Making a motion design video for your business
According to the Internet Advertising Bureau UK, Video was the fastest growing format in 2016, Up 56% on a like-for-like basis since 2015. With statistics like that it’s not hard to see why companies are turning to motion design and animation to get their stories heard.
So what goes into making a motion design video for your business? Well, I cover all aspects of the process: from planning, to script writing and finally the animation itself. Here’s a look at the different stages:
Step 1. The idea & planning
It all starts with the concept, usually, clients will have an idea of what they want the video to accomplish; is it to sell a product? To explain how an app works?
Whatever the goal of the video, the planning stage is arguably the most important part of the whole motion design process, it helps define what’s needed from the video, the points it should cover, and what people should remember after they’ve watched it.
There’s a lot of questions in the planning stage, it’s worth it though, these questions help to define the next stage:
Step 2. The script
Taking the points and goals from step 1, writing the script is the next stage. The script is the structure for the video, even if there’s not going to be a voiceover in the final piece, a video still needs a script to explain what’s going on.
The key to a really good script is to remove everything that isn’t absolutely necessary. It helps focus on the important points and stops the video from becoming bloated, the last thing you want is a script that has viewers switching off out of boredom!
Side note: how long should the video be?
Typically, I’ve found a motion design video should be a maximum of 60-90 seconds. Anything more than that and I’d recommend breaking the video down into multiple videos.
Writing a script is as much about re-writing, it takes time to get it right and it’s worth investing the time in this stage, this is what really shapes the final video.
Step 3. The storyboards & style frames
This stage really starts to bring the ideas to life. Storyboards usually take the form of rough drawings that show the general idea, a rough and ready look at how the animation will take shape.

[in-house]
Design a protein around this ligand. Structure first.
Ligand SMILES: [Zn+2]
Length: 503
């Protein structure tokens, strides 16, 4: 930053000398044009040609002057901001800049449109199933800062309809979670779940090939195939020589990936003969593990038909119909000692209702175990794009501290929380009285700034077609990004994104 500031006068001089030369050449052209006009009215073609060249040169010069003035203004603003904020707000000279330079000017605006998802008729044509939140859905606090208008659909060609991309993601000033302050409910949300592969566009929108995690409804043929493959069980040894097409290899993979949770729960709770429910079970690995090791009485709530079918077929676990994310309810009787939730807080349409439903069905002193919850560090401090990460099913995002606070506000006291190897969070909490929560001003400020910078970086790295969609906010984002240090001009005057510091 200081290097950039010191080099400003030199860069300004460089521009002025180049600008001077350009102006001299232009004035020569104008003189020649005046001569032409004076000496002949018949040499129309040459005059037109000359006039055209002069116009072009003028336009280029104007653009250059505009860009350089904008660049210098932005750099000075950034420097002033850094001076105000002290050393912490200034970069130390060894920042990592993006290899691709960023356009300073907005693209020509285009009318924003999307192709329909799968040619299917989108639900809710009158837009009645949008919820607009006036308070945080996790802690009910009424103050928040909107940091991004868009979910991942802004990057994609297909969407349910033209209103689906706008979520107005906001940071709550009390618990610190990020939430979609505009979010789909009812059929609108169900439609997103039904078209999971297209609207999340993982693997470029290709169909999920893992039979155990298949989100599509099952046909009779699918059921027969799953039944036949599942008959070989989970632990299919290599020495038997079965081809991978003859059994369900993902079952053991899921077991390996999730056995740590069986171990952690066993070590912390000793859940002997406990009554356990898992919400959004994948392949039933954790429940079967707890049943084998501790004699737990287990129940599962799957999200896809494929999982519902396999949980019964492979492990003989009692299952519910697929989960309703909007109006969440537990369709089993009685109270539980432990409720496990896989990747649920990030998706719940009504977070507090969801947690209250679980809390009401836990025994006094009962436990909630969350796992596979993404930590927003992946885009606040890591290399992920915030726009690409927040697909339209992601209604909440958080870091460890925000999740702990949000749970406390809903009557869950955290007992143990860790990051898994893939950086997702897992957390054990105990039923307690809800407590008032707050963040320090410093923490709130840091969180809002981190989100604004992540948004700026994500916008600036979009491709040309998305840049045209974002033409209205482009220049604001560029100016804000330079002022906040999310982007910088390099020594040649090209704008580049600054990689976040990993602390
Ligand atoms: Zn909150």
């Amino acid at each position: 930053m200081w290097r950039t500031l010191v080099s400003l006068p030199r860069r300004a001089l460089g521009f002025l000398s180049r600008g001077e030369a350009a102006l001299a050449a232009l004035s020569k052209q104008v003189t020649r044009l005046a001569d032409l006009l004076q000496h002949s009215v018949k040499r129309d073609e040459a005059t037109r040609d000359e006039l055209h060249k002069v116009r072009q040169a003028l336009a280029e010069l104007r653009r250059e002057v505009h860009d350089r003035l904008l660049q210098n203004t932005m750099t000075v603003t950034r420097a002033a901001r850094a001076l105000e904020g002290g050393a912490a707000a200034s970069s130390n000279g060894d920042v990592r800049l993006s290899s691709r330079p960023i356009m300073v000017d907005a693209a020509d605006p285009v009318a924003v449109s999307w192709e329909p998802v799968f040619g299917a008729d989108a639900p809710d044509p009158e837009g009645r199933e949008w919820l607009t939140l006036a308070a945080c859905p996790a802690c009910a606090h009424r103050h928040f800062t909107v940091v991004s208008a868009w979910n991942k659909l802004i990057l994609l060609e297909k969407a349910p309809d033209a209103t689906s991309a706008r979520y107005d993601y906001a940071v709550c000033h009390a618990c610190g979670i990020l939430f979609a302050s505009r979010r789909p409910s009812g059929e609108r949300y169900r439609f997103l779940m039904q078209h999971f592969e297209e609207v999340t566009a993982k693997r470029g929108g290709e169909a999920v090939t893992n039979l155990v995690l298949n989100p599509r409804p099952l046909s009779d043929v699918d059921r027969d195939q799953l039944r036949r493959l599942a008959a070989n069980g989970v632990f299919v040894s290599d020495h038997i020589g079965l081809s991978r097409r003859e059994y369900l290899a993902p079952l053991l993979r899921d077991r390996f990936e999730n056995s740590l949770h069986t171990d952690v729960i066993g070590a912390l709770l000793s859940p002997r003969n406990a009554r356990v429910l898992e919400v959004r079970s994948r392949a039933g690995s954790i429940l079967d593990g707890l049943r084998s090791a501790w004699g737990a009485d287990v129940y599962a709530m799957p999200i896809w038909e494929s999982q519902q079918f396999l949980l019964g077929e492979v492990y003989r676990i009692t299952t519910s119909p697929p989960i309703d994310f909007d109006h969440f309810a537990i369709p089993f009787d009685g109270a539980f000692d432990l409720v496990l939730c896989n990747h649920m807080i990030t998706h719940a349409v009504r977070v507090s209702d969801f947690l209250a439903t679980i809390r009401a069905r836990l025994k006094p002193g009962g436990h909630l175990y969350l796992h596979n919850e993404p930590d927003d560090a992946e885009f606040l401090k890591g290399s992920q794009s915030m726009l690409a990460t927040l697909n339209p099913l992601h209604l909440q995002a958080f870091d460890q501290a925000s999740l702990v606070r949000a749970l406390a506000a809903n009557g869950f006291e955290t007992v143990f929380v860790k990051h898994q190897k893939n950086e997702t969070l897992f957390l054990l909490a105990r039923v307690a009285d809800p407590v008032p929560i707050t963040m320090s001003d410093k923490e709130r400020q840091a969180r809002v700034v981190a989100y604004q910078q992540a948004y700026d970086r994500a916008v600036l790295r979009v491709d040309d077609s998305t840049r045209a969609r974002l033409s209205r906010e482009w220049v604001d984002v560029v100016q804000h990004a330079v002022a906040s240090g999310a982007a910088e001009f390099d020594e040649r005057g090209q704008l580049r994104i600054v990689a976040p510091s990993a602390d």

For lower budgets, a written storyboard can be developed instead of the drawings. Written storyboards tend to break down the different sections of a script and describe what sort of animation will take place in the scene.
Where the storyboards give a rough idea of how the animation will be formed, the style frames, as the name suggests; define the style of the animation, the overall look and feel of the video.
This is a really crucial step, by mocking up a couple of frames from the storyboard the client gets their first chance to see how the animation will look.
It’s much easier to redesign a couple of style frames than to re-animate a whole video!
The number of style frames mocked up really depends on the budget available, a bigger budget means more can be created which, in turn, gives a better idea of how the final video will look.
Step 4. The voiceover & music
Depending on the video, there may be a voiceover to record. It’s a relatively straightforward process, there’s just some key areas that need decisions: style and tone of voice for example, male or female, any particular accent needed!
Step 5. The animation
This is it, this is where the real magic happens. All that planning, writing, and sketching provides the perfect foundation for the animation to begin and as a motion designer, this is my favourite bit, it’s where I get to do what I do best!
Animation isn’t a quick process, really good animation, even if it looks simple on the surface, takes time to produce - as a client you just have to sit back and wait for the end result!
And there we have it! That’s an overview of what goes into creating a motion design video. Interested in creating a video for your product or business? Get in touch and we can get to work telling your story!After Effects Motion graphics